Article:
Click here to learn more about navigating life insurance and risk management in your financial journey.

Ultimately, the goal of financial planning is not just to accumulate wealth but to facilitate a lifestyle that brings you satisfaction and fulfillment. This means focusing on increasing your savings rate as your income grows, thus ensuring that you’re not just working to maintain a lifestyle but actively building towards your future.

Financial planning is more than just numbers on a spreadsheet; it’s about creating a plan that aligns with your life goals, values, and aspirations. By focusing on what truly matters, you can build a financial plan that not only ensures your financial health but also enhances your quality of life.

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Important Disclosures:

Securities and advisory services offered through EWA LLC dba Equilibrium Wealth Advisors (a SEC Registered Investment Advisor).
* Government bonds and Treasury Bills are guaranteed by the U.S. government as to the timely payment of principal and interest and, if held to maturity, offer a fixed rate of return and fixed principal value.  However, the value of fund shares is not guaranteed and will fluctuate.
* Corporate bonds are considered higher risk than government bonds but normally offer a higher yield and are subject to market, interest rate and credit risk as well as additional risks based on the quality of issuer coupon rate, price, yield, maturity, and redemption features.
* The Standard & Poor’s 500 (S&P 500) is an unmanaged group of securities considered to be representative of the stock market in general. You cannot invest directly in this index.
* All indexes referenced are unmanaged. The volatility of indexes could be materially different from that of a client’s portfolio. Unmanaged index returns do not reflect fees, expenses, or sales charges. Index performance is not indicative of the performance of any investment. You cannot invest directly in an index.
* The Dow Jones Global ex-U.S. Index covers approximately 95% of the market capitalization of the 45 developed and emerging countries included in the Index.
* The 10-year Treasury Note represents debt owed by the United States Treasury to the public. Since the U.S. Government is seen as a risk-free borrower, investors use the 10-year Treasury Note as a benchmark for the long-term bond market.
* Gold represents the afternoon gold price as reported by the London Bullion Market Association. The gold price is set twice daily by the London Gold Fixing Company at 10:30 and 15:00 and is expressed in U.S. dollars per fine troy ounce.
* The Bloomberg Commodity Index is designed to be a highly liquid and diversified benchmark for the commodity futures market. The Index is composed of futures contracts on 19 physical commodities and was launched on July 14, 1998.
* The DJ Equity All REIT Total Return Index measures the total return performance of the equity subcategory of the Real Estate Investment Trust (REIT) industry as calculated by Dow Jones.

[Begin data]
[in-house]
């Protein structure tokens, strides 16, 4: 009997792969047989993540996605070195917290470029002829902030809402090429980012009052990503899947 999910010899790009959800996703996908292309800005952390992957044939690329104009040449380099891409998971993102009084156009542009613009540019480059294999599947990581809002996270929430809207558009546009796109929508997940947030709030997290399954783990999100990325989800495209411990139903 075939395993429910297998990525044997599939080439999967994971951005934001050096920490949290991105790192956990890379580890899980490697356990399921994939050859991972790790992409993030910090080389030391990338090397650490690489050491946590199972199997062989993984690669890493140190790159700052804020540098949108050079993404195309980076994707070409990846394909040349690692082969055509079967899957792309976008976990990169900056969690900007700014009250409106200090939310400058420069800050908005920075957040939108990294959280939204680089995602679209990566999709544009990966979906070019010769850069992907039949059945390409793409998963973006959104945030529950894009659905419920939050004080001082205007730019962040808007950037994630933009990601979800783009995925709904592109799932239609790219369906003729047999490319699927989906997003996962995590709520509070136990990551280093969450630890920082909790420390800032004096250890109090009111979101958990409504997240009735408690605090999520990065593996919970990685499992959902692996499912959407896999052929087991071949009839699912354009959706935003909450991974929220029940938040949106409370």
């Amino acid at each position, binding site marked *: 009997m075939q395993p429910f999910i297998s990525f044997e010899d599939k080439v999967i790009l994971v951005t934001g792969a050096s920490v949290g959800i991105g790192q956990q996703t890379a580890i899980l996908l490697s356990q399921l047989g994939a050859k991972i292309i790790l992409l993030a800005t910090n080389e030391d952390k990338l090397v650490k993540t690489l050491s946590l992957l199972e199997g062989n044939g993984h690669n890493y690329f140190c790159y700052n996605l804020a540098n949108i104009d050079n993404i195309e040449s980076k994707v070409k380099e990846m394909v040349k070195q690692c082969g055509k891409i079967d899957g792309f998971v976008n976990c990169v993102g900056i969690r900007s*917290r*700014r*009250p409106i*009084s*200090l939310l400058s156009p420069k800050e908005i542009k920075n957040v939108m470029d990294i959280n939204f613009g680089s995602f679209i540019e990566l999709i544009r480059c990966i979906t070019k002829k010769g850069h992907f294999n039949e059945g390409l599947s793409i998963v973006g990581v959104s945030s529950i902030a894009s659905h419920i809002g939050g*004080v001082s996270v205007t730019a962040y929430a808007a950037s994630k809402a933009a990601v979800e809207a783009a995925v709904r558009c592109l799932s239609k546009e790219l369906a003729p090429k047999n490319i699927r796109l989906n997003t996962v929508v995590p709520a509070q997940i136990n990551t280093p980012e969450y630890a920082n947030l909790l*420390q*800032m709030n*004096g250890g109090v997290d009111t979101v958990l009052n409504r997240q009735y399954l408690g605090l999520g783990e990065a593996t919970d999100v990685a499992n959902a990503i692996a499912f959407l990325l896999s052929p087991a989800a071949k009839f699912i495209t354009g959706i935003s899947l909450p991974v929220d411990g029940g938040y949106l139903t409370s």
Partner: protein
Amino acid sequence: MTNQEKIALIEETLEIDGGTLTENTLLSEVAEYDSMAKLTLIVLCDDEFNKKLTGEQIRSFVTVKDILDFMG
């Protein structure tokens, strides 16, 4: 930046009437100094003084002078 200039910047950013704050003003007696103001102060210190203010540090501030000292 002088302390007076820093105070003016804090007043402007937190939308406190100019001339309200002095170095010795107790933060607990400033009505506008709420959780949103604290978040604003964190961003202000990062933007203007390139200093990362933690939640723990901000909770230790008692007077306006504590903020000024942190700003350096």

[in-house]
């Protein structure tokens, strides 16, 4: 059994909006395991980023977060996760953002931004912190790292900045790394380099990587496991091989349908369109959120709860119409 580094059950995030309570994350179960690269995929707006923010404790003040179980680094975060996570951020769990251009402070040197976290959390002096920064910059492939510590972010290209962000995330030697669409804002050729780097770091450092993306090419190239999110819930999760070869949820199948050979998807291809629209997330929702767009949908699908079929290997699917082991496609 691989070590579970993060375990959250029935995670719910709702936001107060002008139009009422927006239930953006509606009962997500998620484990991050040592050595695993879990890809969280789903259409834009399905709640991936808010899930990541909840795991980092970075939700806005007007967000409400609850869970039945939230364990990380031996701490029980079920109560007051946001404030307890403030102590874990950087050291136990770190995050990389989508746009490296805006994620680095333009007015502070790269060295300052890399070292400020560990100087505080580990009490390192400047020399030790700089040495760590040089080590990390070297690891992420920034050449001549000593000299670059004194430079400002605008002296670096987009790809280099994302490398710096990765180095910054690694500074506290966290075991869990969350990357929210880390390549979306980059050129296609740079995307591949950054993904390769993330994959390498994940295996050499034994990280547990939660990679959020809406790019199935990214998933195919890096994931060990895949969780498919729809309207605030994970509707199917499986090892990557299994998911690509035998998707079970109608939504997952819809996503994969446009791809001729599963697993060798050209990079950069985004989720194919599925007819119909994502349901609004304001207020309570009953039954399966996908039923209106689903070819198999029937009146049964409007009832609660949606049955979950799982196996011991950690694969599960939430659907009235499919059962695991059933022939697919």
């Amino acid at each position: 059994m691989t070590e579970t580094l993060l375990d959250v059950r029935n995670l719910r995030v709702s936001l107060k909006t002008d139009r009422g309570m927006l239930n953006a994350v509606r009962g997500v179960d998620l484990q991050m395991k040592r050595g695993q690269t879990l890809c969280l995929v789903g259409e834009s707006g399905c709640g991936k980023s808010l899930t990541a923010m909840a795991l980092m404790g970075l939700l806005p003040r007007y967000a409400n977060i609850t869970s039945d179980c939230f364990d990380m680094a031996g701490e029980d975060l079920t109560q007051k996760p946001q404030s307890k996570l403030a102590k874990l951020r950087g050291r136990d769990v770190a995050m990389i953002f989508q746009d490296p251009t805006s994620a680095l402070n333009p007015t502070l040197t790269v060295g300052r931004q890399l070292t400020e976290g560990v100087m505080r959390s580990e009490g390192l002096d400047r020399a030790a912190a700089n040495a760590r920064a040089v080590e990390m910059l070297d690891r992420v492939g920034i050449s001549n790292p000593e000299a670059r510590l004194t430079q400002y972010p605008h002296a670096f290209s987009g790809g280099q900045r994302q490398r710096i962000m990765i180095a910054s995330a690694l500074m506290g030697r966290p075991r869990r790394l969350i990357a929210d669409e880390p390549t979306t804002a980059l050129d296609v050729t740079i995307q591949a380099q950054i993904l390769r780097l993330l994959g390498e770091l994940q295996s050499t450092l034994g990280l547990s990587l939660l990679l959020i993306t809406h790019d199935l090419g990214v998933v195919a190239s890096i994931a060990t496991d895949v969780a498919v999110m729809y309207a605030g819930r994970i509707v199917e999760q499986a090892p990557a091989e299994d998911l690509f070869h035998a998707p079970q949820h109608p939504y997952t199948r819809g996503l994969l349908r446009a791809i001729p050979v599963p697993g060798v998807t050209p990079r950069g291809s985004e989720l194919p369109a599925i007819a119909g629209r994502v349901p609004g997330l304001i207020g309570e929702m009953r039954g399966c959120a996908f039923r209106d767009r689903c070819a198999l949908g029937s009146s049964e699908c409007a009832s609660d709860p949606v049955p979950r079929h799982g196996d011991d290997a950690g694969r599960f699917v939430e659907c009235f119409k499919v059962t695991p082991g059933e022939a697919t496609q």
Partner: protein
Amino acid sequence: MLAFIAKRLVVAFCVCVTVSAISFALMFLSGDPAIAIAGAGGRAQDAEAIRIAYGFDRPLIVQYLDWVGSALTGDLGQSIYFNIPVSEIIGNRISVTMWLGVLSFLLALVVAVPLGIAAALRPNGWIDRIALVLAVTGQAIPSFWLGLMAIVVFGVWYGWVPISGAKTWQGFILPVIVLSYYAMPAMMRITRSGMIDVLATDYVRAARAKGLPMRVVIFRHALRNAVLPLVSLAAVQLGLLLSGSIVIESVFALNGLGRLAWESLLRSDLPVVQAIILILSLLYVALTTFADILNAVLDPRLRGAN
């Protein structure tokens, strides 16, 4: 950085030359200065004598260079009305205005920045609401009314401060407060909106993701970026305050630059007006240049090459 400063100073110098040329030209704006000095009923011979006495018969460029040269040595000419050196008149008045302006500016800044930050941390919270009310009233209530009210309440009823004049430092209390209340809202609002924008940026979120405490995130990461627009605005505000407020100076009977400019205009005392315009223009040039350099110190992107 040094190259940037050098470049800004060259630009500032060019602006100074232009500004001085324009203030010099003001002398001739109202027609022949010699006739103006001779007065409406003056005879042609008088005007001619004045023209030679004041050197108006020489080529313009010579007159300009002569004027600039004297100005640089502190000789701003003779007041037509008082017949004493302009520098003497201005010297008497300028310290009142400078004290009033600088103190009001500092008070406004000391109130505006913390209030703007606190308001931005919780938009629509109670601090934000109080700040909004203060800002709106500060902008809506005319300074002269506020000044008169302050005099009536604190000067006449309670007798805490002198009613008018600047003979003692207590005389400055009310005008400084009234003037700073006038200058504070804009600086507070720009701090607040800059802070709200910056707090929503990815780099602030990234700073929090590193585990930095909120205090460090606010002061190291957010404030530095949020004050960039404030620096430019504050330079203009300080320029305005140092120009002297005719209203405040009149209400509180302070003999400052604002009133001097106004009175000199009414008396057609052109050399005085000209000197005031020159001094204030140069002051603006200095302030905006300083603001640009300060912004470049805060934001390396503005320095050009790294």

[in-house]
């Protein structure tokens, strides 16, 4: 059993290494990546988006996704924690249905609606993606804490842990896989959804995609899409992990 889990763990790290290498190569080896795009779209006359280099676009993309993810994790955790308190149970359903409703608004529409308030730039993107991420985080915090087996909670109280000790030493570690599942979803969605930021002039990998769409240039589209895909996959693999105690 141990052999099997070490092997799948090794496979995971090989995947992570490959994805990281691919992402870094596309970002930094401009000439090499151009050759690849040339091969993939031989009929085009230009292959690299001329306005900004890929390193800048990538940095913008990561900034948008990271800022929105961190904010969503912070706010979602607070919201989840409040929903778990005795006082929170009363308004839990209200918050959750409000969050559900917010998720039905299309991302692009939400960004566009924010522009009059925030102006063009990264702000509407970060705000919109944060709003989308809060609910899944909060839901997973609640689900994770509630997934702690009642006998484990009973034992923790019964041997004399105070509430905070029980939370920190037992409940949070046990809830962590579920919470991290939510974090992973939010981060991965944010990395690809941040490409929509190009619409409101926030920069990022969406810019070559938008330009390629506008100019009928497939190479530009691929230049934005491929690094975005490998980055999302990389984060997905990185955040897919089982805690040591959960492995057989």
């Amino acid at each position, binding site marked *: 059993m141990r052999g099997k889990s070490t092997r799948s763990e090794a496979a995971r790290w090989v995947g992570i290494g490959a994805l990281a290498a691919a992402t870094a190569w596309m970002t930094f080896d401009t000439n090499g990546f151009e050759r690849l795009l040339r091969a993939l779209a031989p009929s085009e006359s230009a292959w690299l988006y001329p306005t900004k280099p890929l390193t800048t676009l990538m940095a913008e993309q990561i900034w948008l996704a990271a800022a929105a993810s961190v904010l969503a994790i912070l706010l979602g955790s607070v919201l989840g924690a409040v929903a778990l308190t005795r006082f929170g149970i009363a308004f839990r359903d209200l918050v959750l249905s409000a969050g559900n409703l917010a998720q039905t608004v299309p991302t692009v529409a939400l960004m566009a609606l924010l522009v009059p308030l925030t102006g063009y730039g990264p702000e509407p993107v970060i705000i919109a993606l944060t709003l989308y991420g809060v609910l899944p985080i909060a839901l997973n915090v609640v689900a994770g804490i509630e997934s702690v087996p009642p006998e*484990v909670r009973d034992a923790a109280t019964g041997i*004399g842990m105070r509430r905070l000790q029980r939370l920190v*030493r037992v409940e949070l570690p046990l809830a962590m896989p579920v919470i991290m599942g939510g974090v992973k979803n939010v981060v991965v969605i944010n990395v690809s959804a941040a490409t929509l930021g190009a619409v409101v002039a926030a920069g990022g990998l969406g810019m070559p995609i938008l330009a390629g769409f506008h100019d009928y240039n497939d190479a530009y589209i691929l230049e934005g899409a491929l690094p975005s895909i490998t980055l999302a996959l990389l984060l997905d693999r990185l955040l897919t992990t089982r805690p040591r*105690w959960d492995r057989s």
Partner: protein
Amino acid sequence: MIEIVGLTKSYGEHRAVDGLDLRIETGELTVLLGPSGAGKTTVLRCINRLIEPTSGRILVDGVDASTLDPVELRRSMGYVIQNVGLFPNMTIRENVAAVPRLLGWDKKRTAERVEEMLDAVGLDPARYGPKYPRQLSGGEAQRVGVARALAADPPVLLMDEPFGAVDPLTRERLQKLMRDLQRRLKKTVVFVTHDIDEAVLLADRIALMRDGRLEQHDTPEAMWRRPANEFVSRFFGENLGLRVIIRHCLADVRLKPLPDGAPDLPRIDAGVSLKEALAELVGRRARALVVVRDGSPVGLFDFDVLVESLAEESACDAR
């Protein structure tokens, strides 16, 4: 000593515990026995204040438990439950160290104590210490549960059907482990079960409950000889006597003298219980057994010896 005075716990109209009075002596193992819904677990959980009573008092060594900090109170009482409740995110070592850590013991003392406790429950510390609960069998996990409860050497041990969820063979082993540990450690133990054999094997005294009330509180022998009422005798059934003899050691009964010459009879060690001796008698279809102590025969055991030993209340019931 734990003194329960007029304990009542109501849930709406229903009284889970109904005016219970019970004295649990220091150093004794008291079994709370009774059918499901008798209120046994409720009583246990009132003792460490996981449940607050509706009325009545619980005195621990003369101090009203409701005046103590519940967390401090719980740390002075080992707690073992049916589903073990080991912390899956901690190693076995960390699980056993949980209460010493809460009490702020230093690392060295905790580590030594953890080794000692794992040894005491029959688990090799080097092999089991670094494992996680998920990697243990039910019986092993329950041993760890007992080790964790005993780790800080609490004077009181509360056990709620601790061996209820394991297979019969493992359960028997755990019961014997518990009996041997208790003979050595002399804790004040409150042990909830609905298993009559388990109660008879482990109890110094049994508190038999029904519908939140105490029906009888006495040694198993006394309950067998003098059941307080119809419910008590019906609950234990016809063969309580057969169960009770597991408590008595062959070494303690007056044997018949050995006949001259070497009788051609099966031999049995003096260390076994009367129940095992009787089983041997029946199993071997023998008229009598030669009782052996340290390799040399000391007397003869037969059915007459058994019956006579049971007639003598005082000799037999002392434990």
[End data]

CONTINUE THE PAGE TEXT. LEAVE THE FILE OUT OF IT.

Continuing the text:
* The Dow Jones Industrial Average (DJIA), commonly known as “The Dow,” is an index representing 30 stock of companies maintained and reviewed by the editors of The Wall Street Journal.
* The NASDAQ Composite is an unmanaged index of securities traded on the NASDAQ system.
* International investing involves special risks such as currency fluctuation and political instability and may not be suitable for all investors. These risks are often heightened for investments in emerging markets.
* Yahoo! Finance is the source for any reference to the performance of an index between two specific periods.
* The risk of loss in trading commodities and futures can be substantial. You should therefore carefully consider whether such trading is suitable for you in light of your financial condition. The high degree of leverage is often obtainable in commodity trading and can work against you as well as for you.  The use of leverage can lead to large losses as well as gains.
* Opinions expressed are subject to change without notice and are not intended as investment advice or to predict future performance.
* Economic forecasts set forth may not develop as predicted and there can be no guarantee that strategies promoted will be successful.
* Past performance does not guarantee future results. Investing involves risk, including loss of principal.
* The foregoing information has been obtained from sources considered to be reliable, but we do not guarantee it is accurate or complete.
* There is no guarantee a diversified portfolio will enhance overall returns or outperform a non-diversified portfolio. Diversification does not protect against market risk.
* Asset allocation does not ensure a profit or protect against a loss.
* Consult your financial professional before making any investment decision.